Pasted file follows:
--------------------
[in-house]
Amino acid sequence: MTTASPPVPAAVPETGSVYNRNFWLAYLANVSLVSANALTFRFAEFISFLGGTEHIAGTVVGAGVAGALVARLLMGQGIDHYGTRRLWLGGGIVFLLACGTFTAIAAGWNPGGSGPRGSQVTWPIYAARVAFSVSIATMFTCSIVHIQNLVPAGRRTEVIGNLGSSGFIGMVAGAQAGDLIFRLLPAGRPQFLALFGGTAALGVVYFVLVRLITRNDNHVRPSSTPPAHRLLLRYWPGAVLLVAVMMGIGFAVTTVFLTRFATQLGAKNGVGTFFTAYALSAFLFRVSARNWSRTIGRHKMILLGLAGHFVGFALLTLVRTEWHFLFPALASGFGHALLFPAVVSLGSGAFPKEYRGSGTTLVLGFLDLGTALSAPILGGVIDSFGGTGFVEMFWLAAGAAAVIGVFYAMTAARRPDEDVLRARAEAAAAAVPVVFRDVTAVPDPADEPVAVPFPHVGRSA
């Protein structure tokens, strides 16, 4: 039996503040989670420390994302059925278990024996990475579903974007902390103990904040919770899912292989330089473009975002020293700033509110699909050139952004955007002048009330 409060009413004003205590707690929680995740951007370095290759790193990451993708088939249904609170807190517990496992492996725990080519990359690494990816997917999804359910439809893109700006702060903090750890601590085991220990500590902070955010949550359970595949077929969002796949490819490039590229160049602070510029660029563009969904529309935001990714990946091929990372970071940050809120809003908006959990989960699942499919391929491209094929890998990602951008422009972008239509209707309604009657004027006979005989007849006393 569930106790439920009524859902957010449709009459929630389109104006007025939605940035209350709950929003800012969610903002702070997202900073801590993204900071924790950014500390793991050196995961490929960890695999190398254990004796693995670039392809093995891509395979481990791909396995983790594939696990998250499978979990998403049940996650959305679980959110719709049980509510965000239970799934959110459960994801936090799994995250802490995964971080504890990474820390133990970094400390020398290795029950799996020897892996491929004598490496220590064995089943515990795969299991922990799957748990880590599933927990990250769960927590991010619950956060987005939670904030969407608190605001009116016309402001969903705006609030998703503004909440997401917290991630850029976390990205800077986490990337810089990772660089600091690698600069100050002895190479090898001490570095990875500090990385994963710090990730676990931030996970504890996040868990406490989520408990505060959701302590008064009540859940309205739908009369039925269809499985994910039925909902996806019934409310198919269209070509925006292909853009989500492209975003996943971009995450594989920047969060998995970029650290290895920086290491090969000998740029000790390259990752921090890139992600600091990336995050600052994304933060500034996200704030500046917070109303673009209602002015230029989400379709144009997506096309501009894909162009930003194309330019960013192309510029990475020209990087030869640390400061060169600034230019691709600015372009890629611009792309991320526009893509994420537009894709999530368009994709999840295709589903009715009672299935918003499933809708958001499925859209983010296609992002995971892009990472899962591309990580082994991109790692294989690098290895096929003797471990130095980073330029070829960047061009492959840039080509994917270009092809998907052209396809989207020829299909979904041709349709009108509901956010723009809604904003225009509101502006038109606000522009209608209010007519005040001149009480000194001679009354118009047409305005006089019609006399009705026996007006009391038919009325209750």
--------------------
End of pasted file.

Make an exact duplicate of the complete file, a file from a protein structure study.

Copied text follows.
[in-house]
Amino acid sequence: MTTASPPVPAAVPETGSVYNRNFWLAYLANVSLVSANALTFRFAEFISFLGGTEHIAGTVVGAGVAGALVARLLMGQGIDHYGTRRLWLGGGIVFLLACGTFTAIAAGWNPGGSGPRGSQVTWPIYAARVAFSVSIATMFTCSIVHIQNLVPAGRRTEVIGNLGSSGFIGMVAGAQAGDLIFRLLPAGRPQFLALFGGTAALGVVYFVLVRLITRNDNHVRPSSTPPAHRLLLRYWPGAVLLVAVMMGIGFAVTTVFLTRFATQLGAKNGVGTFFTAYALSAFLFRVSARNWSRTIGRHKMILLGLAGHFVGFALLTLVRTEWHFLFPALASGFGHALLFPAVVSLGSGAFPKEYRGSGTTLVLGFLDLGTALSAPILGGVIDSFGGTGFVEMFWLAAGAAAVIGVFYAMTAARRPDEDVLRARAEAAAAAVPVVFRDVTAVPDPADEPVAVPFPHVGRSA
């Protein structure tokens, strides 16, 4: 039996503040989670420390994302059925278990024996990475579903974007902390103990904040919770899912292989330089473009975002020293700033509110699909050139952004955007002048009330 409060009413004003205590707690929680995740951007370095290759790193990451993708088939249904609170807190517990496992492996725990080519990359690494990816997917999804359910439809893109700006702060903090750890601590085991220990500590902070955010949550359970595949077929969002796949490819490039590229160049602070510029660029563009969904529309935001990714990946091929990372970071940050809120809003908006959990989960699942499919391929491209094929890998990602951008422009972008239509209707309604009657004027006979005989007849006393 569930106790439920009524859902957010449709009459929630389109104006007025939605940035209350709950929003800012969610903002702070997202900073801590993204900071924790950014500390793991050196995961490929960890695999190398254990004796693995670039392809093995891509395979481990791909396995983790594939696990998250499978979990998403049940996650959305679980959110719709049980509510965000239970799934959110459960994801936090799994995250802490995964971080504890990474820390133990970094400390020398290795029950799996020897892996491929004598490496220590064995089943515990795969299991922990799957748990880590599933927990990250769960927590991010619950956060987005939670904030969407608190605001009116016309402001969903705006609030998703503004909440997401917290991630850029976390990205800077986490990337810089990772660089600091690698600069100050002895190479090898001490570095990875500090990385994963710090990730676990931030996970504890996040868990406490989520408990505060959701302590008064009540859940309205739908009369039925269809499985994910039925909902996806019934409310198919269209070509925006292909853009989500492209975003996943971009995450594989920047969060998995970029650290290895920086290491090969000998740029000790390259990752921090890139992600600091990336995050600052994304933060500034996200704030500046917070109303673009209602002015230029989400379709144009997506096309501009894909162009930003194309330019960013192309510029990475020209990087030869640390400061060169600034230019691709600015372009890629611009792309991320526009893509994420537009894709999530368009994709999840295709589903009715009672299935918003499933809708958001499925859209983010296609992002995971892009990472899962591309990580082994991109790692294989690098290895096929003797471990130095980073330029070829960047061009492959840039080509994917270009092809998907052209396809989207020829299909979904041709349709009108509901956010723009809604904003225009509101502006038109606000522009209608209010007519005040001149009480000194001679009354118009047409305005006089019609006399009705026996007006009391038919009325209750």